SRL Diagnostics, a leading diagnostic chain in India, released a 3-year data analysis report on Arthritis related tests done on samples received in its labs from across India. According to the report, the 10,000 odd samples tested showed varying degrees of abnormalities in the blood levels of direct and indirect markers of osteoarthritis, rheumatoid arthritis, gout and rheumatic fever. The results varied across four zones of India as well. WhileWestern zone of India showed more abnormalities in the levels of rheumatoid factor- a marker of Rheumatoid Arthritis, Uric acid abnormalities were more common in South zone. Uric acid is a commonly prescribed marker of gout.Data analysed also showed that the East Zone had highest percent of abnormal anti-streptolysin O level- a marker of rheumatic fever and joint disease.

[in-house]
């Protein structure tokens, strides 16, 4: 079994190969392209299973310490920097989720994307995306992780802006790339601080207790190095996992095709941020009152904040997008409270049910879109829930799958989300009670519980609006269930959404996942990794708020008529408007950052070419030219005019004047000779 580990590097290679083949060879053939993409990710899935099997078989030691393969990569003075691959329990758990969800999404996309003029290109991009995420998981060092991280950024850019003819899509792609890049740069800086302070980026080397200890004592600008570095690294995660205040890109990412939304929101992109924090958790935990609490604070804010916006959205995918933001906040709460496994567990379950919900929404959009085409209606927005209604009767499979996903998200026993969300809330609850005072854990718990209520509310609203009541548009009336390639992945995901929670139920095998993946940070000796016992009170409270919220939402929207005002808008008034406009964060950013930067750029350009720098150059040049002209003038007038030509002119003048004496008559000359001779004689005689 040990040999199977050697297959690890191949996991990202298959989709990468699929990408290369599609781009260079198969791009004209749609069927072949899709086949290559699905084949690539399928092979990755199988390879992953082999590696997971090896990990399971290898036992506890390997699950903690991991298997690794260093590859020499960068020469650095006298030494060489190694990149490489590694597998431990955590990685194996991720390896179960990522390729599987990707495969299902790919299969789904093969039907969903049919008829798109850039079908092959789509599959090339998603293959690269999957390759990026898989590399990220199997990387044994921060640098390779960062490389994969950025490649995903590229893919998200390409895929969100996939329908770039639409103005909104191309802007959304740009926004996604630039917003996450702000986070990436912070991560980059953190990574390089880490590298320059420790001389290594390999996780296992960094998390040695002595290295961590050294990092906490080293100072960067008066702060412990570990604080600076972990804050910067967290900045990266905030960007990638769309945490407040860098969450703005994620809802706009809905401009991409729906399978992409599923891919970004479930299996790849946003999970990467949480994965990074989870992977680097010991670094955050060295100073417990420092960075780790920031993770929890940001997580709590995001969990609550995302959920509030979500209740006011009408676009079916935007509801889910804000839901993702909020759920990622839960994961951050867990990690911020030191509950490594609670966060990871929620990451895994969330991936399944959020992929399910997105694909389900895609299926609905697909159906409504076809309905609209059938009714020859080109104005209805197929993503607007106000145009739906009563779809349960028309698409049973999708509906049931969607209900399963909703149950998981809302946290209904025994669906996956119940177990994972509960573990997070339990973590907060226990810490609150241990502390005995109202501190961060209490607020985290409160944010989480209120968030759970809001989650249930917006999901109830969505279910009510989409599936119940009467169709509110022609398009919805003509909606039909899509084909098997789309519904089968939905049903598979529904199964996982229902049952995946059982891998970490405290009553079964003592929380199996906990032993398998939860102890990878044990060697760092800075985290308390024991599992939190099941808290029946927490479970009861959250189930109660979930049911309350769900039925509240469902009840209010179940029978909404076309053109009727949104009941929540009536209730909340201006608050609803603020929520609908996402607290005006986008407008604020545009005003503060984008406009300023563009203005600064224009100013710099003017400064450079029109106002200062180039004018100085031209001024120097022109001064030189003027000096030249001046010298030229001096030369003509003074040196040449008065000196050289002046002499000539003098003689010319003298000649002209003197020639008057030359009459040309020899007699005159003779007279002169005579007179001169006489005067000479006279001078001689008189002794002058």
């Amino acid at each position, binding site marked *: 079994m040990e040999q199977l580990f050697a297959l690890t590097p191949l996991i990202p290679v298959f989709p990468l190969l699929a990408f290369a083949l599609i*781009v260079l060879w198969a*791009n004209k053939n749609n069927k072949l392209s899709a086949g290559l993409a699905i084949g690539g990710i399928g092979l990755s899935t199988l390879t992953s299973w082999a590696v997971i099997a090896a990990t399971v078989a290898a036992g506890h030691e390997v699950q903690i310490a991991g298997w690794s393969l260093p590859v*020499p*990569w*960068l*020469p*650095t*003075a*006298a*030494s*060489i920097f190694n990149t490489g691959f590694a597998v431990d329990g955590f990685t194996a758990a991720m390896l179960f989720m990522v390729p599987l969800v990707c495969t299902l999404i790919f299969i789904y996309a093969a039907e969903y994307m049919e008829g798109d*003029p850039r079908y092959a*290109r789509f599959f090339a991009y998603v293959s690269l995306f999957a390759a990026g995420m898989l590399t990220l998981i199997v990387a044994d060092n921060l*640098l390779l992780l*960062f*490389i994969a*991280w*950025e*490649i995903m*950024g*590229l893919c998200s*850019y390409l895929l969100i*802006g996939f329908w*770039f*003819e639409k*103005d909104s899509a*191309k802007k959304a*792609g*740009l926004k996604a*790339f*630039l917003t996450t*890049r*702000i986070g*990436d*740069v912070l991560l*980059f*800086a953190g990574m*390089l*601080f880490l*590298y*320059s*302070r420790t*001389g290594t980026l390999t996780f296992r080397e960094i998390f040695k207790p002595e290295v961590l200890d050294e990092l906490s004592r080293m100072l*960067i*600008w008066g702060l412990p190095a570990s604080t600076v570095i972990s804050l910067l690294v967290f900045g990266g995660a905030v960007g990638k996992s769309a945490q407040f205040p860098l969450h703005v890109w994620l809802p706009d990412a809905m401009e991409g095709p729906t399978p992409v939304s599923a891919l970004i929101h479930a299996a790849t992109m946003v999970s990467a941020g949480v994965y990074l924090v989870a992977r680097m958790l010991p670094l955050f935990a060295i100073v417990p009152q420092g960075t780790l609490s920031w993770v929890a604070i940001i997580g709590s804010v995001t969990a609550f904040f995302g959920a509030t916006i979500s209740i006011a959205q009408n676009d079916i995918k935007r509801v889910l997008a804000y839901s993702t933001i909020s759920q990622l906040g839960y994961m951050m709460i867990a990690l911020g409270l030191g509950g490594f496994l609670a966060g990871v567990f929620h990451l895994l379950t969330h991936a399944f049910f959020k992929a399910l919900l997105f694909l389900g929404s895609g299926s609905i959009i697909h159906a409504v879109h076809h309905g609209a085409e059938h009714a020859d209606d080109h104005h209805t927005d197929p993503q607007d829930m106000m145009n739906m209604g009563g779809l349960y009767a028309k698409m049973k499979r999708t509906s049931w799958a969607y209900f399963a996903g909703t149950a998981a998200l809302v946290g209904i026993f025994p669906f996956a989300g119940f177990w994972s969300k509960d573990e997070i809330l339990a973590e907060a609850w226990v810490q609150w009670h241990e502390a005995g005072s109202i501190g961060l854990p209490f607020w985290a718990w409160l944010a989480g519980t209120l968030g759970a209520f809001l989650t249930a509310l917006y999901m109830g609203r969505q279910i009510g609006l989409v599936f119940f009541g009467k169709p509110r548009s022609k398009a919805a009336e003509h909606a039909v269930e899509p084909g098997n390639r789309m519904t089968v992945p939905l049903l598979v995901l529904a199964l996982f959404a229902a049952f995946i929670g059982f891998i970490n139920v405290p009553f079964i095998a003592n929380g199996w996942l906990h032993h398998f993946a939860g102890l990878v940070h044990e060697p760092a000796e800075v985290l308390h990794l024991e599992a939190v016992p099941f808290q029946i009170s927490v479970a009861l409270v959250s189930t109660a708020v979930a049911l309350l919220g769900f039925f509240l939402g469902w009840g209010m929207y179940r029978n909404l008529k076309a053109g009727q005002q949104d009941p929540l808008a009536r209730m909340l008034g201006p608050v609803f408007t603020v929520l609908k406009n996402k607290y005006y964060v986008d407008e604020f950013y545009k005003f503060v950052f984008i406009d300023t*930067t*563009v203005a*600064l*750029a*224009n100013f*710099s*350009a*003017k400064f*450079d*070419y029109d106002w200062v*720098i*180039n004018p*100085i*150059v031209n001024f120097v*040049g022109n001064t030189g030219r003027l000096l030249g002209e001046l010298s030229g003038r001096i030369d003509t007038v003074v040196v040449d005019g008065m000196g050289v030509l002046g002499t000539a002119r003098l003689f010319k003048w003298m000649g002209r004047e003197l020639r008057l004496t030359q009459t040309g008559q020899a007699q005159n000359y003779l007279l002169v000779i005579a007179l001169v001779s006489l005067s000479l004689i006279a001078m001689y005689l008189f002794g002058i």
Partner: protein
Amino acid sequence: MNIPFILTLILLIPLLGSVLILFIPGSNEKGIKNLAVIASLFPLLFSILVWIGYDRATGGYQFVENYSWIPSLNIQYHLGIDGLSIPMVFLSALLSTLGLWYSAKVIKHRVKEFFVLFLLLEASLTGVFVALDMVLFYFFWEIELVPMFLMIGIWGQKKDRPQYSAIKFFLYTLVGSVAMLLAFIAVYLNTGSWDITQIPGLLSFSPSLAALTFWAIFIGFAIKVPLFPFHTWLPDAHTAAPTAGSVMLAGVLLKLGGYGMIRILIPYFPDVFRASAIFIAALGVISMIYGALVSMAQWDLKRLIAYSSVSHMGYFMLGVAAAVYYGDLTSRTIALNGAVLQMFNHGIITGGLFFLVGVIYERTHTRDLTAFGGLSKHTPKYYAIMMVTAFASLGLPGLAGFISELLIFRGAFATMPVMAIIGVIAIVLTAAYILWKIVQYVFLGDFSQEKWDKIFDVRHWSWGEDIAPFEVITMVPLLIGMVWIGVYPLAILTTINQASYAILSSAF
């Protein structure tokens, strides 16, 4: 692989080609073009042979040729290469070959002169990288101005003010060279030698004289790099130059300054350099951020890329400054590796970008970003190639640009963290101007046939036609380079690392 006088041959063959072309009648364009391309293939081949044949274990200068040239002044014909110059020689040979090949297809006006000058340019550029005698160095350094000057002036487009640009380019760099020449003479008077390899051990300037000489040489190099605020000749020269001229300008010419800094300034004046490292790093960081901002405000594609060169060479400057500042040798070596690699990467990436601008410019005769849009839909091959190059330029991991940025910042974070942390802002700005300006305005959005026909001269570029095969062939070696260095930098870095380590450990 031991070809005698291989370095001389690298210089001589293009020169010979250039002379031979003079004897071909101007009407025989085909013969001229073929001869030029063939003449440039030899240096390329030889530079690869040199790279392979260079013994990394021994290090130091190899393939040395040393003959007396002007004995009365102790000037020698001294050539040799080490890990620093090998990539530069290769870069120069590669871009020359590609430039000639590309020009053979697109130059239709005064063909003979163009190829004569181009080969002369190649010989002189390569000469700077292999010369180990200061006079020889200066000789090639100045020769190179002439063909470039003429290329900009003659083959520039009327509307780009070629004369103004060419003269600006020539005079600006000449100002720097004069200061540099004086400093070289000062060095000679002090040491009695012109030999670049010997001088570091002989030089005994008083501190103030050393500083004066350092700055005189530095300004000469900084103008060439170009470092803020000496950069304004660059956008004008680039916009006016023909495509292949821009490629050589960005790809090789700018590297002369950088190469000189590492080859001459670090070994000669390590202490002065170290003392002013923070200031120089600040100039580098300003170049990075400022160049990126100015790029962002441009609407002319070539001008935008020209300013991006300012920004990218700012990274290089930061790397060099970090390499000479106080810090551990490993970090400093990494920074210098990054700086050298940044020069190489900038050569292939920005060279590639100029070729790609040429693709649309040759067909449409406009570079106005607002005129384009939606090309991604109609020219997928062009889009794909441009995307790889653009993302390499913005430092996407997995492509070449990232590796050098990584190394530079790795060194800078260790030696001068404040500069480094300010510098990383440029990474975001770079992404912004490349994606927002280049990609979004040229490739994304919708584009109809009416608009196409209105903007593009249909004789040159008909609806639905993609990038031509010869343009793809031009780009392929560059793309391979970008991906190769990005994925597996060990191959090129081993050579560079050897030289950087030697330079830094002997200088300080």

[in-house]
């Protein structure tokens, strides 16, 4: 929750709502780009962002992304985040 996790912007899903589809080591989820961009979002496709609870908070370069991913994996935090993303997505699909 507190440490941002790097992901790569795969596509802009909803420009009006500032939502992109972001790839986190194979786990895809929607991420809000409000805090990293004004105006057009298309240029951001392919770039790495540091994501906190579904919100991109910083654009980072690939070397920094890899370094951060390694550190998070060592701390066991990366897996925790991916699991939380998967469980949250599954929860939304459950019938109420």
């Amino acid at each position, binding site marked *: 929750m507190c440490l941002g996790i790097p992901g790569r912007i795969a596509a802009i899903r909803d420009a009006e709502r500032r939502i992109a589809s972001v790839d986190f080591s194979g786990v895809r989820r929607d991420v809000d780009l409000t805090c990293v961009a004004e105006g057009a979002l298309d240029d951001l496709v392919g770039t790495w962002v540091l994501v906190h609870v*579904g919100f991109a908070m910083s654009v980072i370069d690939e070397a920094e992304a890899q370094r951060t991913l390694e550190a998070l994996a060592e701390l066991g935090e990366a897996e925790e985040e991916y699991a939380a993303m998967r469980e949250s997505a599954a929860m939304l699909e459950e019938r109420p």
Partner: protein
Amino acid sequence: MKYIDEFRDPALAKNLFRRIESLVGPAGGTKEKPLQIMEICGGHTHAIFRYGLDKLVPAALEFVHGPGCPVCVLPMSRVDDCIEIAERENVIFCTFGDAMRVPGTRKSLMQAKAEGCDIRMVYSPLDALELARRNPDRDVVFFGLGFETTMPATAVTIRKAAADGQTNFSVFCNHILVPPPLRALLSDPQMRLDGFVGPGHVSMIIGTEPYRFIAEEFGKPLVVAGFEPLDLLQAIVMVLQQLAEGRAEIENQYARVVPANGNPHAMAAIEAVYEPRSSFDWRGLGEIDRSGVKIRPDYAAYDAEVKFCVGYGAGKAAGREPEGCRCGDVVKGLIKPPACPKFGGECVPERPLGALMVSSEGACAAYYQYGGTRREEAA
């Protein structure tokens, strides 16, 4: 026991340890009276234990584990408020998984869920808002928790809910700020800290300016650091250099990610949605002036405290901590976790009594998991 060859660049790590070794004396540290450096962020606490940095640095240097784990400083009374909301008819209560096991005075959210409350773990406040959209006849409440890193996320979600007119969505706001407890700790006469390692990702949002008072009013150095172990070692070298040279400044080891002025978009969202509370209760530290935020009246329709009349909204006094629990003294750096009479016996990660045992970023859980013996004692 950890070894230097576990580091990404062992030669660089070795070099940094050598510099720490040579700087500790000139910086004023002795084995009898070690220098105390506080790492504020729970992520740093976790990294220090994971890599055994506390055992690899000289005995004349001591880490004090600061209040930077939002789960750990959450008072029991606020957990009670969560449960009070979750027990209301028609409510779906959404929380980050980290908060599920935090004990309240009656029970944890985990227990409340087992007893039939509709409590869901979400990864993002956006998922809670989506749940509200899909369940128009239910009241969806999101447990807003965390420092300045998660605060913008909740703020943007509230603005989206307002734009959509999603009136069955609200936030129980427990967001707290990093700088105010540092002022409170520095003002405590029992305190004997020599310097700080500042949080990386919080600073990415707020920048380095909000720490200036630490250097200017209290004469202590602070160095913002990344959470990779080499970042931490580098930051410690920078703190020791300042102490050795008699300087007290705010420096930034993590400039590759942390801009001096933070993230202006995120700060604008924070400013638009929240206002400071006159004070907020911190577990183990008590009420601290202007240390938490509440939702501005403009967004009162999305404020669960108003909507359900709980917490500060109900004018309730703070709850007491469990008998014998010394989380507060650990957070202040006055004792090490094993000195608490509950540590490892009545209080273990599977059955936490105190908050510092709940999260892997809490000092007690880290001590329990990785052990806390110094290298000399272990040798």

The analysis also found that markers of chronic inflammation-a bodily event that goes on continuously in any chronic joint disease, ESR and CRP were raised in most of the samples than any other marker. This is probably due to the fact that Osteoarthritis (OA) is the most common form of arthritis affecting the population at large.
Furthermore, data showed that abnormal C-Reactive protein (CRP) values were more commonly found in men, while abnormal Erythrocyte Sedimentation Rate (ESR) values were seen more commonly in women.
Dr. Leena Chatterjee, Director Operations SRL Labs & Strategic Initiatives, said, “Bone and joint health are crucial aspects, which are usually ignored by the population at large. Millions in Indiasuffer from bone and joint disorders , but doctor visits for management or laboratory visits for regular check-up and testing remain low. Medical studies have shown that 15-17 per cent of Indian population suffer from some kind of joint disease with Osteoarthritis being on the top. Actually bone and joint disorder is more common than cardiovascular disease and cancer combined. Our 3 year data analysis tries to reiterate this point and also shows that blood based tests can help screen large number of people for common joint diseases